Those Italian Sweets

Of my 8 great-grandparents, 5 were Italians, including several Sicilians. My wife likes to joke when we've been in Italy that Italians don't seem to know what to make of me. "You look like you belong," she says, "and they talk to you like you do." I've run into something similar here in Tenerife. Some …

U.S. Expat Murdered In Italy

[UPDATED: January 18: see below.] [UPDATED: January 13: see below.] Struggling to outline the next novel and how I am going to attack the tale and its scope, I spent most of this morning and early afternoon reading and tapping tapping tapping preliminary notes - all while trying to take myself back to the 1790s. …

Sneak Peek: Our Grandparents

If you are partly "Italian-American" (as I am), and that ancestry stems from you being a product of immigrants who arrived in the U.S. between about 1870-1914 (as I am), it's likely you grew up with a complicated relationship with Italy. My maternal great-grandparents were all Italian immigrants. My grandparents were born in the U.S. …

An Immigrant Heritage

If I'm given the chance, I'm unsure if I would vote for Louisiana Governor Bobby Jindal for president. I don't know enough about his politics. They seem deeply conservative, and I'm annoyingly moderate. He seemed to say some stuff many here in the U.K. disagreed strongly with when he visited recently. However, I am willing …

Because We Love Italy

In the first two volumes, I concentrated (unsurprisingly, I suppose) on three countries: the U.S., France, and Britain. However, I also made scattered references to Italy. I included the likes of "James" having an Italian aunt, "Isabelle" having been to a language school in Rome, "Giorgio" debating Italian girls with "Isabelle," English "Natalie's" younger cousin …

Sorry, But You Don’t Have A “Right” To Relocate Wherever You Want

Forgive a long post, but this is a complicated, emotional issue just about everywhere in the world, and can't be addressed glibly. If you aren't interested, click away. But please do come back another day! 🙂 In the last decade of the 19th century, Italian ancestors of mine emigrated to the United States. (One was …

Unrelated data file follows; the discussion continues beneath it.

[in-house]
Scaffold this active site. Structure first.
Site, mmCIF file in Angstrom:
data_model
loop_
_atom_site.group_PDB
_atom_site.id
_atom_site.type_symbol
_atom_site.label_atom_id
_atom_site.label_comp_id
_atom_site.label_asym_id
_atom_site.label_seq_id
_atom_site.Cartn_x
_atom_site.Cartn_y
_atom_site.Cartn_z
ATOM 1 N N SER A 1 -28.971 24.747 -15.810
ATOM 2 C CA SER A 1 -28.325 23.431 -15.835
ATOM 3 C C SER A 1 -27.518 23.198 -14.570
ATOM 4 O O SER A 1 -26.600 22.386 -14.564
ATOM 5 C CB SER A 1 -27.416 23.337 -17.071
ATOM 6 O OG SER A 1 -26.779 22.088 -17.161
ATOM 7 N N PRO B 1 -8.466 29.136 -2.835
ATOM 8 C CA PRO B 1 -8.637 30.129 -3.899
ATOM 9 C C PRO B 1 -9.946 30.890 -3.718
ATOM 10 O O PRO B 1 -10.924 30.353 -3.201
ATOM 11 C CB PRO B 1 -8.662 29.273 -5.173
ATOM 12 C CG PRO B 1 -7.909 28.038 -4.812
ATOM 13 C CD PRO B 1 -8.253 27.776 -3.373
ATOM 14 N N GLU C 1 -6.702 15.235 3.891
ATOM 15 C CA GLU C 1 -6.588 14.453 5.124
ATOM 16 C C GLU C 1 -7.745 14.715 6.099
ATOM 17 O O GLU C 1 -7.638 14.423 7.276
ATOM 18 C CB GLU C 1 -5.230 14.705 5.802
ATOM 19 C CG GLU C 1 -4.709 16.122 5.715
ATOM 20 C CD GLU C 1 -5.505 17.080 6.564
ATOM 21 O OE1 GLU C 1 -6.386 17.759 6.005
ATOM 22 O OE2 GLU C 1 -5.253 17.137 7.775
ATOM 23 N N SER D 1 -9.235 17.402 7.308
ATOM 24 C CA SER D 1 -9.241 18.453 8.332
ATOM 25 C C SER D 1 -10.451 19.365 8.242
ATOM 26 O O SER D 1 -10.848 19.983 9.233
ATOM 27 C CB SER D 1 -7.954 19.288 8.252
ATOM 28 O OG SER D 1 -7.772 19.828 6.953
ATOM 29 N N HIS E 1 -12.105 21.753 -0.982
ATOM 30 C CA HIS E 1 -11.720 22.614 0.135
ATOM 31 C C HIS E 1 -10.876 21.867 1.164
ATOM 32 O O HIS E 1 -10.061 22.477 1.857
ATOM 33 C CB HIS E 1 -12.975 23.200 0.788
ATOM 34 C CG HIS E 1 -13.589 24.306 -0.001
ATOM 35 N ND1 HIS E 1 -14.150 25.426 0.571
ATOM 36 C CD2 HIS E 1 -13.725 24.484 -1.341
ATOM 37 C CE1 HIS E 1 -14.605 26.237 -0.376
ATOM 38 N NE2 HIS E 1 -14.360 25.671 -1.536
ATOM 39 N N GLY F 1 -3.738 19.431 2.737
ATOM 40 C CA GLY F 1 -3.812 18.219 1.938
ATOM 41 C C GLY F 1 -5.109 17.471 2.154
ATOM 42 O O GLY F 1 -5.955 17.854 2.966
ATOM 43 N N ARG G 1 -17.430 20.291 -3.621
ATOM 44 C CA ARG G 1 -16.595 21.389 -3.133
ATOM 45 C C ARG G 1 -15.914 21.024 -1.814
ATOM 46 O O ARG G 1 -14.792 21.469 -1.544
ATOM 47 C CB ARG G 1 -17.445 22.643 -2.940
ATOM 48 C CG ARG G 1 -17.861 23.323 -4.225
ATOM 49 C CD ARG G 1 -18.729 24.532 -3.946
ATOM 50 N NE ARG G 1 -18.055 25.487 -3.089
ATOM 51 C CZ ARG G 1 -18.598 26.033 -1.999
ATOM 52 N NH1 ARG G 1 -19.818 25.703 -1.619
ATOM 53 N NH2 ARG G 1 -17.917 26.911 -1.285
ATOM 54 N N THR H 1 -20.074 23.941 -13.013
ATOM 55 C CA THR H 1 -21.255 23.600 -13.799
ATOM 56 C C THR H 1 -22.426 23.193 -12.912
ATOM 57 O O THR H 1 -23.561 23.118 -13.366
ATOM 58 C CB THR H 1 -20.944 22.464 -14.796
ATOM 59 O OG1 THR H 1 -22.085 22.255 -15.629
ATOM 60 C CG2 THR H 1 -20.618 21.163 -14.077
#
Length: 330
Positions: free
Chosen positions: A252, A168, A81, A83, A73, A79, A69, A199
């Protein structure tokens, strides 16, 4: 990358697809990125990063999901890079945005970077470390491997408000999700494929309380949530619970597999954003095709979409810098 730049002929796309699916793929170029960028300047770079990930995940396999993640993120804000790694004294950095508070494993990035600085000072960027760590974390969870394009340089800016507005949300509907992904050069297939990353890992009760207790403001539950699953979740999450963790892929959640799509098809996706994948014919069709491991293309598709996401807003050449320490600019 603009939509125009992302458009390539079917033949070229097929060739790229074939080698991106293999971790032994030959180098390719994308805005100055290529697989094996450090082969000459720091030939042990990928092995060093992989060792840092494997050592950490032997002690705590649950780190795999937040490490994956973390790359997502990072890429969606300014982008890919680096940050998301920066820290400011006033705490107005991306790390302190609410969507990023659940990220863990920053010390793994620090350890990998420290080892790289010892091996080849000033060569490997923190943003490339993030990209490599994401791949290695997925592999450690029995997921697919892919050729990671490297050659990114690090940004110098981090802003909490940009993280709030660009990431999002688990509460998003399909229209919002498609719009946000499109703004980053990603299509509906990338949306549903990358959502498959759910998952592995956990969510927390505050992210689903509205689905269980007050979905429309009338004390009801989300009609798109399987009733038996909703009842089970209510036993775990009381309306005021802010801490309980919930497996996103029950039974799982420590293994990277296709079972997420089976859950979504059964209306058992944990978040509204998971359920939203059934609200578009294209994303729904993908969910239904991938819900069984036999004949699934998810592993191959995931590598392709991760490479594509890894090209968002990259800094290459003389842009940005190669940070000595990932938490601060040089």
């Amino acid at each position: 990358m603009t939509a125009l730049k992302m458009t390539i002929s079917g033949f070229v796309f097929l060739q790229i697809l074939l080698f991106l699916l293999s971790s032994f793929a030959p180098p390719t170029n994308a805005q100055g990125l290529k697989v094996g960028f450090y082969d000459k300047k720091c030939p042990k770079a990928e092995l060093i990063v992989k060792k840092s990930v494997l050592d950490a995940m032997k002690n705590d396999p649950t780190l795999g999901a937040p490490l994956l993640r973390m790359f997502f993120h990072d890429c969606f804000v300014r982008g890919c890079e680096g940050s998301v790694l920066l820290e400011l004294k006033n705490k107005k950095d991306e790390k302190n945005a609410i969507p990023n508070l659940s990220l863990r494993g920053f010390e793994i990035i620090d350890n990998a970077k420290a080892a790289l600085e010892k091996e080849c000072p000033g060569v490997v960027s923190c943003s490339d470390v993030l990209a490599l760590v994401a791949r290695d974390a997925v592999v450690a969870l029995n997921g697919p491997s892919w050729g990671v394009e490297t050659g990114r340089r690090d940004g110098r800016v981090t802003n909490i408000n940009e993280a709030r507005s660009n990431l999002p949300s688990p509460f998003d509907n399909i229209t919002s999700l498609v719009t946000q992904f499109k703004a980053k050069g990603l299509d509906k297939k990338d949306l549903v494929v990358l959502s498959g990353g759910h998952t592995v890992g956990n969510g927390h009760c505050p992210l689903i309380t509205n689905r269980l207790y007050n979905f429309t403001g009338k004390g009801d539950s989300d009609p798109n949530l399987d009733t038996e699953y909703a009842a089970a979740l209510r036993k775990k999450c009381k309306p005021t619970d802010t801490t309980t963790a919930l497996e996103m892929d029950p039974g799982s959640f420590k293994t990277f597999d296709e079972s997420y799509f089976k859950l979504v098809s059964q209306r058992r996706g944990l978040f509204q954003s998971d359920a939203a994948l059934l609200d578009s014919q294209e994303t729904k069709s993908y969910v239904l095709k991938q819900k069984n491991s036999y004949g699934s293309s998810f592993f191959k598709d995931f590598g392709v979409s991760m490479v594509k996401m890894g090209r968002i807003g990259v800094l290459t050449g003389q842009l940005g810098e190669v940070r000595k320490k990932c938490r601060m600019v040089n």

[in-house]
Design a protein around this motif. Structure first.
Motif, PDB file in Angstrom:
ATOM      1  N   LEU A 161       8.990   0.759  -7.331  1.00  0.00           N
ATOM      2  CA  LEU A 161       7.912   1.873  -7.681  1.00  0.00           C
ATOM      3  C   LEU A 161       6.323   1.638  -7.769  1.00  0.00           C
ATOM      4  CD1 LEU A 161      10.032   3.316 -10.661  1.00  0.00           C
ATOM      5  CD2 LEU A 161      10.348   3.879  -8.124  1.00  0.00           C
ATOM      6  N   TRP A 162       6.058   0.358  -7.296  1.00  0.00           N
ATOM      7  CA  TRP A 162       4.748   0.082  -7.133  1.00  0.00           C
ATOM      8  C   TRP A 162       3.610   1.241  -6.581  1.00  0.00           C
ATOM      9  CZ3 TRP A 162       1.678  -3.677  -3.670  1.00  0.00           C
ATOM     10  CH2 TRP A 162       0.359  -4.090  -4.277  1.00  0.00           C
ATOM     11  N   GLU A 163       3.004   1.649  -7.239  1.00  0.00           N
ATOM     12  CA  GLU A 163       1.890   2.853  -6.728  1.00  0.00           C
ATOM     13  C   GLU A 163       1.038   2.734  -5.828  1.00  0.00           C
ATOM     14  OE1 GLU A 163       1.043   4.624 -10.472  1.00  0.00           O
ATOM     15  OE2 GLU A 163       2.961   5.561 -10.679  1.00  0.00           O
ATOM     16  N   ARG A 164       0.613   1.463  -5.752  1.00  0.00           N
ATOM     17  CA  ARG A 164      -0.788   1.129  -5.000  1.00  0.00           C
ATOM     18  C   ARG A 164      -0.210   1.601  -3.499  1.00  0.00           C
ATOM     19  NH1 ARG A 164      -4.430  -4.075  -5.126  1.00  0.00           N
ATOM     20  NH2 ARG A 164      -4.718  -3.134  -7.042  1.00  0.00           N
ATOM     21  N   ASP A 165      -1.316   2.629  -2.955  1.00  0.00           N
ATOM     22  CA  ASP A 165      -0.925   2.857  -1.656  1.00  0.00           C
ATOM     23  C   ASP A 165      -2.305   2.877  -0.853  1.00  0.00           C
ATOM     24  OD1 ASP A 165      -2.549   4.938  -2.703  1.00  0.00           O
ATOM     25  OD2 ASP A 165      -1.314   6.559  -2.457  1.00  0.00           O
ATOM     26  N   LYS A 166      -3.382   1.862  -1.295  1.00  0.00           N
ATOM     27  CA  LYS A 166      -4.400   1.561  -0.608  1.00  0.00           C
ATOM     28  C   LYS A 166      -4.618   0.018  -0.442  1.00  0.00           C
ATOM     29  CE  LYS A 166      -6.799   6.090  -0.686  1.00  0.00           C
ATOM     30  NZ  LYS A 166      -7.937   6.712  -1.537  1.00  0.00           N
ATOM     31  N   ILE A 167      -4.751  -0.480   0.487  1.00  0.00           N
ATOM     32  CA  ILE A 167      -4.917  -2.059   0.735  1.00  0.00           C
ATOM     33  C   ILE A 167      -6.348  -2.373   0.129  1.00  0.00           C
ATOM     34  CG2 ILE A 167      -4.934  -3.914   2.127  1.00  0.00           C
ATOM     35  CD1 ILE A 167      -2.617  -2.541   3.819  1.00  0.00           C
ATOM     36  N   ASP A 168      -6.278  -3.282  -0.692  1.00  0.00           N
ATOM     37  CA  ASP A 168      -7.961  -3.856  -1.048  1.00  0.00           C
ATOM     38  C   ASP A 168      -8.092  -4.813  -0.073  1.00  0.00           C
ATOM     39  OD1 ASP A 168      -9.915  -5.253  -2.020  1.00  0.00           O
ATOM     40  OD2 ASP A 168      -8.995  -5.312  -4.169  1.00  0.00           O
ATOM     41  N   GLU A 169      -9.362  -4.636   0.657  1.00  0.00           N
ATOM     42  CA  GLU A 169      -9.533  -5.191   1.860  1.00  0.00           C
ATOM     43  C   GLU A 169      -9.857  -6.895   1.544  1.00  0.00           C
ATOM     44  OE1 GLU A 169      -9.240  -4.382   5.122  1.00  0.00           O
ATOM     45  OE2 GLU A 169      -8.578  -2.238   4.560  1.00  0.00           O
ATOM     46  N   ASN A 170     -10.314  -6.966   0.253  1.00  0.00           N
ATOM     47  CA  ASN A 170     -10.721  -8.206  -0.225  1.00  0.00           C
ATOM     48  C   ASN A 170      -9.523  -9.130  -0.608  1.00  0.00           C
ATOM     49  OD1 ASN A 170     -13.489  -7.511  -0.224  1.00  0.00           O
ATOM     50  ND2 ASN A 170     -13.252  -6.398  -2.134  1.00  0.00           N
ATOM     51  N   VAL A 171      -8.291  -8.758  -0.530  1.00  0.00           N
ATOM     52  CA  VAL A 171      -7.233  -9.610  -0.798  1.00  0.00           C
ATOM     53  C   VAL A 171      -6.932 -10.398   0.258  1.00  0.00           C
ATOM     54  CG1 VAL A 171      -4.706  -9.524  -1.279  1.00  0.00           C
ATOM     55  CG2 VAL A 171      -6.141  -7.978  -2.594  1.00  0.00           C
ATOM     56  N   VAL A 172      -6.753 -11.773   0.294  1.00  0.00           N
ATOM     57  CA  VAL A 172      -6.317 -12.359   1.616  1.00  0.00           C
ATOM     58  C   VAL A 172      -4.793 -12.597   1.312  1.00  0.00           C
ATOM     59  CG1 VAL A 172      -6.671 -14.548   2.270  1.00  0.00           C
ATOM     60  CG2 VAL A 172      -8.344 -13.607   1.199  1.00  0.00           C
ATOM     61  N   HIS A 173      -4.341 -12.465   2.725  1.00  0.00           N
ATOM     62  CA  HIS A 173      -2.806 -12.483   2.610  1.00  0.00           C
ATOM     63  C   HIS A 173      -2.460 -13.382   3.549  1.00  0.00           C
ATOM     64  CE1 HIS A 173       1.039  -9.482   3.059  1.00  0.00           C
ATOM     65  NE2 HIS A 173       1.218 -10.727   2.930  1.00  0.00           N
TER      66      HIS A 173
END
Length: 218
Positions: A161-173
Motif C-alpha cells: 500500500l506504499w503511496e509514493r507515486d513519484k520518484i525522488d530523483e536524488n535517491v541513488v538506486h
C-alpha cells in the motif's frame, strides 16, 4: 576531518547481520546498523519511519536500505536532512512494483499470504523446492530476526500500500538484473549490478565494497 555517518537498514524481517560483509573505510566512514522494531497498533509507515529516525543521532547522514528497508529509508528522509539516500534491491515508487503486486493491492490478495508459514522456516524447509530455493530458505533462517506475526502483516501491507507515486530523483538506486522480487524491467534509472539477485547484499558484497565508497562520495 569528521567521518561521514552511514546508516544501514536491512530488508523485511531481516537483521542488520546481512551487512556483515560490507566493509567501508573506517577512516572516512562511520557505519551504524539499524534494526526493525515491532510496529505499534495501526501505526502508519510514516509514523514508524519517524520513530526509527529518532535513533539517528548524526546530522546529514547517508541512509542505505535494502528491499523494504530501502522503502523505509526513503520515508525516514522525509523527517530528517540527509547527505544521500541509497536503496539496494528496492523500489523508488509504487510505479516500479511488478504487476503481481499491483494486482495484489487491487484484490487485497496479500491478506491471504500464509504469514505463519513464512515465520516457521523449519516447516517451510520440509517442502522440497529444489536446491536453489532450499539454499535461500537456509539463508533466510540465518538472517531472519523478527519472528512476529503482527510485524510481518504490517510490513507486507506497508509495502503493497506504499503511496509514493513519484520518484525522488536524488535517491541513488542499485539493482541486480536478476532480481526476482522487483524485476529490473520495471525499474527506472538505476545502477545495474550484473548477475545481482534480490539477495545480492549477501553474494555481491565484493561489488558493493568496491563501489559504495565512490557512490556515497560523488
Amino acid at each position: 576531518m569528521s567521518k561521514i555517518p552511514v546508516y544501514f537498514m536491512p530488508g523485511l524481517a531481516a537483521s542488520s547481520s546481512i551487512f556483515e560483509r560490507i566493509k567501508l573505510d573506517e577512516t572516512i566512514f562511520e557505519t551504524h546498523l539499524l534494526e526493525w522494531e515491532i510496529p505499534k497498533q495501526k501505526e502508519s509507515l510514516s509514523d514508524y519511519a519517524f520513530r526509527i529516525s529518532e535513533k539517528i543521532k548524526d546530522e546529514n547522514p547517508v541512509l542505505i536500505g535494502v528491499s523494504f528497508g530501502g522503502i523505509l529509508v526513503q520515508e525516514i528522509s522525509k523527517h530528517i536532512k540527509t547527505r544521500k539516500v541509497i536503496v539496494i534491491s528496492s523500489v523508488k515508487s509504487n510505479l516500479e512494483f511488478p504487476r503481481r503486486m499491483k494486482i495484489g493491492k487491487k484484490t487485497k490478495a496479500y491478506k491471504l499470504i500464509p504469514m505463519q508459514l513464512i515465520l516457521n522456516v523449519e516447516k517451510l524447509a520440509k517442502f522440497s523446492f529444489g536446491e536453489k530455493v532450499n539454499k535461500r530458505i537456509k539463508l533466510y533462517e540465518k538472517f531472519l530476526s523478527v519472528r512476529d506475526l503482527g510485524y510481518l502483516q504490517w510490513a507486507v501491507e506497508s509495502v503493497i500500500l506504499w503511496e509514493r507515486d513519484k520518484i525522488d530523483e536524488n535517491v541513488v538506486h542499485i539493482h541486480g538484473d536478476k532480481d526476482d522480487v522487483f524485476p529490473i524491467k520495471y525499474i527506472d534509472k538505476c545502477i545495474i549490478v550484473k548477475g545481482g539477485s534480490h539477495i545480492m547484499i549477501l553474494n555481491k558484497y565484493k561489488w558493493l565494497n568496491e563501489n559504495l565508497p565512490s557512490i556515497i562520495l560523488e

American Study Abroad Students … And Alcohol

Back on Saturday, CNN reported on the death of a American college junior in Rome: A U.S. student who went missing while studying abroad in Italy was found dead inside a railroad tunnel in central Rome, police there said Saturday. Investigators are looking into the death of John Durkin, an economics major from Rye Beach, …

She Had Better Not Get Less Than A “B”

Leaving aside the question of whether one Amanda Knox is guilty, let's briefly consider a broader issue. I had noted back in December that there seem to be Americans ages 18, 19 and 20, wandering around abroad who look just like adults. Usually they speak like adults too. However, behind the adult facade, far too …

Creativity From Anger?

You may not have considered this, but it may be worth asking it of yourself. Do you find you write better when you're feeling generally contented? Or does it come easier when you're irritated, down, and even angry? I suspect the latter may provide a burst of extra creativity over a short-term which likely cannot …

Consular Access? Uh, Maybe….

Americans' reactions to Amanda Knox's treatment in the Italian justice system are often intriguing. Some seem to feel she is an "innocent abroad" Italian prosecutors have decided to persecute despite there being "no evidence" of her guilt. Others appear to think she is a victim of a foreign miscarriage of justice. Italians "targeting" her - …

Escaping An Extended Childhood

The other day it was reported American Amanda Knox (who had been convicted in Italy of the murder of British student Meredith Kercher in Perugia in November 2007, had seen that conviction overturned in 2011, and then saw that overturning itself overturned in March 2013) had sent an email from the U.S. - via her …

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